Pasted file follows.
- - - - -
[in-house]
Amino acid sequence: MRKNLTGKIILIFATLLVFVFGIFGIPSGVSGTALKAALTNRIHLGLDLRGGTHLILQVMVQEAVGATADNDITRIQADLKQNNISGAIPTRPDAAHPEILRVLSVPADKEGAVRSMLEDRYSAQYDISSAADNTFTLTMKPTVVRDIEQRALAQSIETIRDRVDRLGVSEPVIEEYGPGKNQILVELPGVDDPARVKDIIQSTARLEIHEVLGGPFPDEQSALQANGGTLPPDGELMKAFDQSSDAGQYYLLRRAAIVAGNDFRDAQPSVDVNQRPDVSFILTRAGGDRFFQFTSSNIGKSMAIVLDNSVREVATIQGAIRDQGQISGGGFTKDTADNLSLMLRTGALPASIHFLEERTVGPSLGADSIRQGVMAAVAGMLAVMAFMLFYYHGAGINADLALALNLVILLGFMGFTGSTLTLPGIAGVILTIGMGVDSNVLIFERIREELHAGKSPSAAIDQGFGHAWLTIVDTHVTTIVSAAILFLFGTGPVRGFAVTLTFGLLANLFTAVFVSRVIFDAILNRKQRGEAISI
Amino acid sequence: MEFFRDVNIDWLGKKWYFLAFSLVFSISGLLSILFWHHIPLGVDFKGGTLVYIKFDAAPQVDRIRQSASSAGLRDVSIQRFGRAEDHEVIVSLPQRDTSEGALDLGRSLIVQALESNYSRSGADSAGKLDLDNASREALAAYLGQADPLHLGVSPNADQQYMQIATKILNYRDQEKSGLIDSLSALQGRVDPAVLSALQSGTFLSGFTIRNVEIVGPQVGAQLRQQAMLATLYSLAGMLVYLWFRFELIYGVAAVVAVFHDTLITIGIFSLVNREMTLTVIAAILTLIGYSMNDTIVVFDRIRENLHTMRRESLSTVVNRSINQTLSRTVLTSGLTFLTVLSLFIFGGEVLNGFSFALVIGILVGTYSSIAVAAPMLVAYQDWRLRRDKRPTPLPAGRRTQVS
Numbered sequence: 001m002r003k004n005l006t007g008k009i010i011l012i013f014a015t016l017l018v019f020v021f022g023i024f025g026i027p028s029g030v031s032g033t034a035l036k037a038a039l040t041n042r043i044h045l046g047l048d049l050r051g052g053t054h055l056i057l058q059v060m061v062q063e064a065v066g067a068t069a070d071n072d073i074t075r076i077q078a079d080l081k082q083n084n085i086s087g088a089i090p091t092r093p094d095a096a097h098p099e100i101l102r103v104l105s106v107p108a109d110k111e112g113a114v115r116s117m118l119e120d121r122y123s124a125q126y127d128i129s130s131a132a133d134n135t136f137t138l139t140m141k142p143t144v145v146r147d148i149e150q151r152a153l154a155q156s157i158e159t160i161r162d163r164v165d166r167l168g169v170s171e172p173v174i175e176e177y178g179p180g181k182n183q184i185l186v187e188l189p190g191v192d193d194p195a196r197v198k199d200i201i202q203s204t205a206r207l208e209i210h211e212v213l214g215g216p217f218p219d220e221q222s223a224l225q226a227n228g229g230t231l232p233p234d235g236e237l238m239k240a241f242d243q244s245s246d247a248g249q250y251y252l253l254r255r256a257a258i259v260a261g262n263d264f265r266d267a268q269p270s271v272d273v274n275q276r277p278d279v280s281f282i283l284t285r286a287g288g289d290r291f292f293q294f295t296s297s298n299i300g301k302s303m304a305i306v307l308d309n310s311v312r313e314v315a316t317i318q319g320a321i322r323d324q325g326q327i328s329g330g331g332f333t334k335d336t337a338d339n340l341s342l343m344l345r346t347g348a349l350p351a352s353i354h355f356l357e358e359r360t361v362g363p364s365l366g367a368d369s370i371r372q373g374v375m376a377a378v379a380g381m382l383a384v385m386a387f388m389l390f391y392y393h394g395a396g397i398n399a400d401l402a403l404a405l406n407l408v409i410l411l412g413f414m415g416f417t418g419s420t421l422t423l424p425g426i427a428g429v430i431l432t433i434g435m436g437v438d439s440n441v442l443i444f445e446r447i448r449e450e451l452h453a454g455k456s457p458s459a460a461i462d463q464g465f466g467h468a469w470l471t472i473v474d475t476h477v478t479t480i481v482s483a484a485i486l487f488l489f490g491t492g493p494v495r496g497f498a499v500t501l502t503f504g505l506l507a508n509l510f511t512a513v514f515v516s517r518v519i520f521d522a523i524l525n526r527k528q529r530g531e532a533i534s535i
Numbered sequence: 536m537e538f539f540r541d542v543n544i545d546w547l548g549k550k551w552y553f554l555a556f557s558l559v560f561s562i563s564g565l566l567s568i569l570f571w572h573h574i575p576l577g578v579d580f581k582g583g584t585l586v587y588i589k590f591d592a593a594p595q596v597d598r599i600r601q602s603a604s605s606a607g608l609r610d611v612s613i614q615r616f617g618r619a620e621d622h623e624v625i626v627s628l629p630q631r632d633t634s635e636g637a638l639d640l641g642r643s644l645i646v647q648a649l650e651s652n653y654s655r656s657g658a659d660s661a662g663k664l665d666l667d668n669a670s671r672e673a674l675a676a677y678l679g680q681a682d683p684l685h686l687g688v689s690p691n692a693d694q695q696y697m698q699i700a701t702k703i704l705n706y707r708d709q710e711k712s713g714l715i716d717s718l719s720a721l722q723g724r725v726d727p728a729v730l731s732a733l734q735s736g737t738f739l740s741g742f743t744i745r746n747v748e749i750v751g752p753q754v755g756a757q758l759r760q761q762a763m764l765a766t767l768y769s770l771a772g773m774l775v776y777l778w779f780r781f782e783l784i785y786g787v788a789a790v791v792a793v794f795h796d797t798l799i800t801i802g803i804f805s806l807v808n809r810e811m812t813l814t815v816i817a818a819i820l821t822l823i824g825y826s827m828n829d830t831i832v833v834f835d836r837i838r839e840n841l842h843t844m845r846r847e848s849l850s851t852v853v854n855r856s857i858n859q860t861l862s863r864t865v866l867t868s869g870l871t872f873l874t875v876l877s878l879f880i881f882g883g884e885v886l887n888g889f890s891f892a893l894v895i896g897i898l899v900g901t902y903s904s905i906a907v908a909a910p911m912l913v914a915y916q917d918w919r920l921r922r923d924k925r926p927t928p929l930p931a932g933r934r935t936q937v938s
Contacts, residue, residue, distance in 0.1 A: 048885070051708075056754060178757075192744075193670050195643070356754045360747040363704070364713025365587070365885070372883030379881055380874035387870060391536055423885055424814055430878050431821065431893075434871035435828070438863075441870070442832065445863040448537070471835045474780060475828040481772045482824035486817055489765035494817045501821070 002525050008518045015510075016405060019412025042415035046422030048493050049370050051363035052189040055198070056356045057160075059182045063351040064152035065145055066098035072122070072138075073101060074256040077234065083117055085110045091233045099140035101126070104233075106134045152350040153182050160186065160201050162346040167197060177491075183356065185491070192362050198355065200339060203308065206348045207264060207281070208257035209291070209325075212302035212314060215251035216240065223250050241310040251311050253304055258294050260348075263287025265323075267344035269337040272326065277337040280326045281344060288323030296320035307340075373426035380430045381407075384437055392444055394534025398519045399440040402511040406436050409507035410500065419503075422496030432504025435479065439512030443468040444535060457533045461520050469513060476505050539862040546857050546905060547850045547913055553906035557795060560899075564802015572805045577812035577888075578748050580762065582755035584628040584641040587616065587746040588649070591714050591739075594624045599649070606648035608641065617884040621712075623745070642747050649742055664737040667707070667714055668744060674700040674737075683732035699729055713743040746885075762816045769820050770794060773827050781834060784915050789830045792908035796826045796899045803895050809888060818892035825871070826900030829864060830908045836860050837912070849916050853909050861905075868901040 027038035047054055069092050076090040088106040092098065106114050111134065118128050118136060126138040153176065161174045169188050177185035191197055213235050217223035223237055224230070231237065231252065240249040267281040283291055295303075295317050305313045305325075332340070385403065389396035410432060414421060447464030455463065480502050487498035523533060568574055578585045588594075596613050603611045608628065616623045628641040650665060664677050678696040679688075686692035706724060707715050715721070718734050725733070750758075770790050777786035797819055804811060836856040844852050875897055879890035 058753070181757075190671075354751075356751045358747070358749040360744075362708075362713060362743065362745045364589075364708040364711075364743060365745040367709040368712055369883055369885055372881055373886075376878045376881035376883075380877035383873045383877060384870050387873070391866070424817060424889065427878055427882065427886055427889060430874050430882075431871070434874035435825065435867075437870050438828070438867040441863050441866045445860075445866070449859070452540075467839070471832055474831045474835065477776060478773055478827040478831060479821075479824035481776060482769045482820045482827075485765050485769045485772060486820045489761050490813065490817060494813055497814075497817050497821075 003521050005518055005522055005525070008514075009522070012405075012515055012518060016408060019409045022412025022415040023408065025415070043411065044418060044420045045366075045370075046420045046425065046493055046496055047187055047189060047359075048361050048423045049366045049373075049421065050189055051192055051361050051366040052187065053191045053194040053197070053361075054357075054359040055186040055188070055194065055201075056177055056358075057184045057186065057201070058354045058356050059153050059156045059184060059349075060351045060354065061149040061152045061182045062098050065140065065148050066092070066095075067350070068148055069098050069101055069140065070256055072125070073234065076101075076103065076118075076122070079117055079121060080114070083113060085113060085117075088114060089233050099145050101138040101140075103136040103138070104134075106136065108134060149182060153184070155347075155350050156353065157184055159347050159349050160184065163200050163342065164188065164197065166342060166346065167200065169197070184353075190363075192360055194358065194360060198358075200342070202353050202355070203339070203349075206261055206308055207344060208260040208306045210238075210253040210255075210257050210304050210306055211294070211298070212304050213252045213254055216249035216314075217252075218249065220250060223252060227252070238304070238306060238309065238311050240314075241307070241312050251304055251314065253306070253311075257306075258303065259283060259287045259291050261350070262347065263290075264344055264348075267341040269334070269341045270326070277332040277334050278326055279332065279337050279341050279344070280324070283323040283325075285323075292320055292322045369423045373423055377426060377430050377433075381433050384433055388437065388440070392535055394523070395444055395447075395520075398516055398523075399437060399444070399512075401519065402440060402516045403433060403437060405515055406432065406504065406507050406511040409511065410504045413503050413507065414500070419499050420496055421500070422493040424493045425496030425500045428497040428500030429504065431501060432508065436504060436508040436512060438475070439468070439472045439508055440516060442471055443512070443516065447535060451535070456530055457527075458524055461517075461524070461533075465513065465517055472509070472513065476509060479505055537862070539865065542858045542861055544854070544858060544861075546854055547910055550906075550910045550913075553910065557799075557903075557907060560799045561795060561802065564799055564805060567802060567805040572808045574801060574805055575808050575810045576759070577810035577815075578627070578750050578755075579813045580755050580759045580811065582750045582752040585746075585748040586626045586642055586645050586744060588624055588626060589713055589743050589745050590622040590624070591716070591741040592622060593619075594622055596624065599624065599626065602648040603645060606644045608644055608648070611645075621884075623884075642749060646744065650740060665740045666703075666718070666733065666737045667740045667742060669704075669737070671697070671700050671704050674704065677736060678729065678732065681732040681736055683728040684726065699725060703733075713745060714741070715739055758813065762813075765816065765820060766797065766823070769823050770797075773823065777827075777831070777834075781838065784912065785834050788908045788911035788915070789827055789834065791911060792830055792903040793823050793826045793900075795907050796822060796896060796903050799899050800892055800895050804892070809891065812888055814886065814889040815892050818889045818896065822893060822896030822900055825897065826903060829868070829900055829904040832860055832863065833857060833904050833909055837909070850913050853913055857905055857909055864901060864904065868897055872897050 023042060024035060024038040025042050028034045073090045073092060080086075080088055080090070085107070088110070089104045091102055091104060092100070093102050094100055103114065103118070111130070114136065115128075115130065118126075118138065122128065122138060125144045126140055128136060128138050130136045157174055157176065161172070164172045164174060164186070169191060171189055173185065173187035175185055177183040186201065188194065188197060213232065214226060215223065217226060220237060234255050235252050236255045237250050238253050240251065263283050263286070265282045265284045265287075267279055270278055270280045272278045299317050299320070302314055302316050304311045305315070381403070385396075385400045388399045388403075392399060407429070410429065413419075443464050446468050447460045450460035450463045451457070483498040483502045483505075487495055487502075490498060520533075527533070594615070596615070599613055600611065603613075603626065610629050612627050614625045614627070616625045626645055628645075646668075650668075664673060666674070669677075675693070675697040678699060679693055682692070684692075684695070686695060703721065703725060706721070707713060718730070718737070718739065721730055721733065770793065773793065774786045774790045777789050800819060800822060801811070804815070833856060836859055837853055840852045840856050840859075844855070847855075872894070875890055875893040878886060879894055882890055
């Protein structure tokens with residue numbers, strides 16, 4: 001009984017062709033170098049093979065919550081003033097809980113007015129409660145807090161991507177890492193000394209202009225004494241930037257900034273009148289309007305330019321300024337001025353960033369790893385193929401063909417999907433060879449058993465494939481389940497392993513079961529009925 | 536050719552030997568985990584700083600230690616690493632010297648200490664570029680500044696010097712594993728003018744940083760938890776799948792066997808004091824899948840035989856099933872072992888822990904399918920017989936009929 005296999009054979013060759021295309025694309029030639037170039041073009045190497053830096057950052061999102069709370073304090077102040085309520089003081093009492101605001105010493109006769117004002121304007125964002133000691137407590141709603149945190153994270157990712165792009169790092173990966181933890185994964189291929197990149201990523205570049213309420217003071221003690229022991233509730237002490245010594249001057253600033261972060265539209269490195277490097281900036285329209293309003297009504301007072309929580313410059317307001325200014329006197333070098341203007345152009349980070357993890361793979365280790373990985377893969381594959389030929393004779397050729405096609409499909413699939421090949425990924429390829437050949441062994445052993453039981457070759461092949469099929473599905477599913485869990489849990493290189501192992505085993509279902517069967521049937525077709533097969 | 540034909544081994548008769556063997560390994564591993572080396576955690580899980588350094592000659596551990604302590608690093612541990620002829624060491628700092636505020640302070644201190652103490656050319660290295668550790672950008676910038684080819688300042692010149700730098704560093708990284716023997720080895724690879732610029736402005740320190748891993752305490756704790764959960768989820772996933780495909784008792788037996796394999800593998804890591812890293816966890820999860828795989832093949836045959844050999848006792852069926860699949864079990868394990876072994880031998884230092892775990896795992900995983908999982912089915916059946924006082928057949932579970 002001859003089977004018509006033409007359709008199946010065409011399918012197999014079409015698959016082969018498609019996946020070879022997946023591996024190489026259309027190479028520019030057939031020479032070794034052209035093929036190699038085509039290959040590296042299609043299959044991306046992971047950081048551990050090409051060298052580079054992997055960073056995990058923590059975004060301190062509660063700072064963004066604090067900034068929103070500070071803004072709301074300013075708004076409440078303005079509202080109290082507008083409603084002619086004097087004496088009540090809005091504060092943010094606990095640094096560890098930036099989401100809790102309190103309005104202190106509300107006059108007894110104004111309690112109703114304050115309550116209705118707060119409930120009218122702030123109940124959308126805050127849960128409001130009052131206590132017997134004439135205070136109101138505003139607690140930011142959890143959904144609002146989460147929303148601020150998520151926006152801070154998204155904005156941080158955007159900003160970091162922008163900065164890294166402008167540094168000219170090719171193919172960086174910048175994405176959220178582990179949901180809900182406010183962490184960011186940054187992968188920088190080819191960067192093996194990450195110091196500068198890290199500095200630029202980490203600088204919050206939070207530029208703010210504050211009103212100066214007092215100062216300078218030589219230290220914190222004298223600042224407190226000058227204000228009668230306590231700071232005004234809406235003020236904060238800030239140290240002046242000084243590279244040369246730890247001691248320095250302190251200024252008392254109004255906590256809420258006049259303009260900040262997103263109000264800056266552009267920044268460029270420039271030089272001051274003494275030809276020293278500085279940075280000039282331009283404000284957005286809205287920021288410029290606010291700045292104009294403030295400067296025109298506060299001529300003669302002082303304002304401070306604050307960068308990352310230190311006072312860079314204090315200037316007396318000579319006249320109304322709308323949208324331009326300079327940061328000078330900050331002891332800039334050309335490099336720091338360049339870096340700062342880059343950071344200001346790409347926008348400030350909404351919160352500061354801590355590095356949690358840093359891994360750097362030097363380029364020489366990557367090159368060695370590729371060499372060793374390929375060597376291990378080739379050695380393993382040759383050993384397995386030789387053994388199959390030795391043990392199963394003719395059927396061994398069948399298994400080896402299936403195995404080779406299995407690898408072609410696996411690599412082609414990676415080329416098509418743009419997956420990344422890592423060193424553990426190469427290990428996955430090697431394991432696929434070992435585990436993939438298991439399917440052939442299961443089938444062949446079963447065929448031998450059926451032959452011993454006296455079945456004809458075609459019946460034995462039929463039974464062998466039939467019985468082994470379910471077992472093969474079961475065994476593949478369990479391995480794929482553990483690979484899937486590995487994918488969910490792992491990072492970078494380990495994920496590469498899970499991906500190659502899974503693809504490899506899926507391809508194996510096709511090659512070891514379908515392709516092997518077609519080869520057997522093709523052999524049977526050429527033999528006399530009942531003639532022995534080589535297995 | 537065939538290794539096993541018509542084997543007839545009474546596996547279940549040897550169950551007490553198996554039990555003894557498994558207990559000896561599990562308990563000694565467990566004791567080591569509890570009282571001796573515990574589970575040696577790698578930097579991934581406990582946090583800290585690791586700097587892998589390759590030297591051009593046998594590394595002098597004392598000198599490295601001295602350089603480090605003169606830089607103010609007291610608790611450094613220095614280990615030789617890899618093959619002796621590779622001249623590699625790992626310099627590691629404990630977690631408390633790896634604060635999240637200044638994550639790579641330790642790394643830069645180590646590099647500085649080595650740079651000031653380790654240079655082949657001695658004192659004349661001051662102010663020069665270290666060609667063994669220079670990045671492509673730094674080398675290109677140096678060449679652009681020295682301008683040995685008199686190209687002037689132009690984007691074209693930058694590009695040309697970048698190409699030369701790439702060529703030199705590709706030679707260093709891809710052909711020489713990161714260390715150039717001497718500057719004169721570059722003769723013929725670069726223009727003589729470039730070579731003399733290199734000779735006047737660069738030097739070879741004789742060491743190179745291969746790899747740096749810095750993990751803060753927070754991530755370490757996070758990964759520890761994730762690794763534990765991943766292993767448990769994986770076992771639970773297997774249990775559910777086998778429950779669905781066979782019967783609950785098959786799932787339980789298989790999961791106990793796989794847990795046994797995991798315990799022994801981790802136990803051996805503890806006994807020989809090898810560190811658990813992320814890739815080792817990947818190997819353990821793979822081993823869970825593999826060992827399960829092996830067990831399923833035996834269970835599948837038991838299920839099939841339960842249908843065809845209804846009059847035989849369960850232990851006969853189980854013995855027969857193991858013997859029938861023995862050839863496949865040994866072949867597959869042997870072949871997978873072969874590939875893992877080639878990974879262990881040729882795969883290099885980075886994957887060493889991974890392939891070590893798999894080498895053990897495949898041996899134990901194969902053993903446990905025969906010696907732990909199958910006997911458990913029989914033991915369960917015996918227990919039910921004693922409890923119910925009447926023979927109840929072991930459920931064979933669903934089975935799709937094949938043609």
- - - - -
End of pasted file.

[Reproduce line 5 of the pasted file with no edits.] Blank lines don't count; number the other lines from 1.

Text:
Numbered sequence: 536m537e538f539f540r541d542v543n544i545d546w547l548g549k550k551w552y553f554l555a556f557s558l559v560f561s562i563s564g565l566l567s568i569l570f571w572h573h574i575p576l577g578v579d580f581k582g583g584t585l586v587y588i589k590f591d592a593a594p595q596v597d598r599i600r601q602s603a604s605s606a607g608l609r610d611v612s613i614q615r616f617g618r619a620e621d622h623e624v625i626v627s628l629p630q631r632d633t634s635e636g637a638l639d640l641g642r643s644l645i646v647q648a649l650e651s652n653y654s655r656s657g658a659d660s661a662g663k664l665d666l667d668n669a670s671r672e673a674l675a676a677y678l679g680q681a682d683p684l685h686l687g688v689s690p691n692a693d694q695q696y697m698q699i700a701t702k703i704l705n706y707r708d709q710e711k712s713g714l715i716d717s718l719s720a721l722q723g724r725v726d727p728a729v730l731s732a733l734q735s736g737t738f739l740s741g742f743t744i745r746n747v748e749i750v751g752p753q754v755g756a757q758l759r760q761q762a763m764l765a766t767l768y769s770l771a772g773m774l775v776y777l778w779f780r781f782e783l784i785y786g787v788a789a790v791v792a793v794f795h796d797t798l799i800t801i802g803i804f805s806l807v808n809r810e811m812t813l814t815v816i817a818a819i820l821t822l823i824g825y826s827m828n829d830t831i832v833v834f835d836r837i838r839e840n841l842h843t844m845r846r847e848s849l850s851t852v853v854n855r856s857i858n859q860t861l862s863r864t865v866l867t868s869g870l871t872f873l874t875v876l877s878l879f880i881f882g883g884e885v886l887n888g889f890s891f892a893l894v895i896g897i898l899v900g901t902y903s904s905i906a907v908a909a910p911m912l913v914a915y916q917d918w919r920l921r922r923d924k925r926p927t928p929l930p931a932g933r934r935t936q937v938s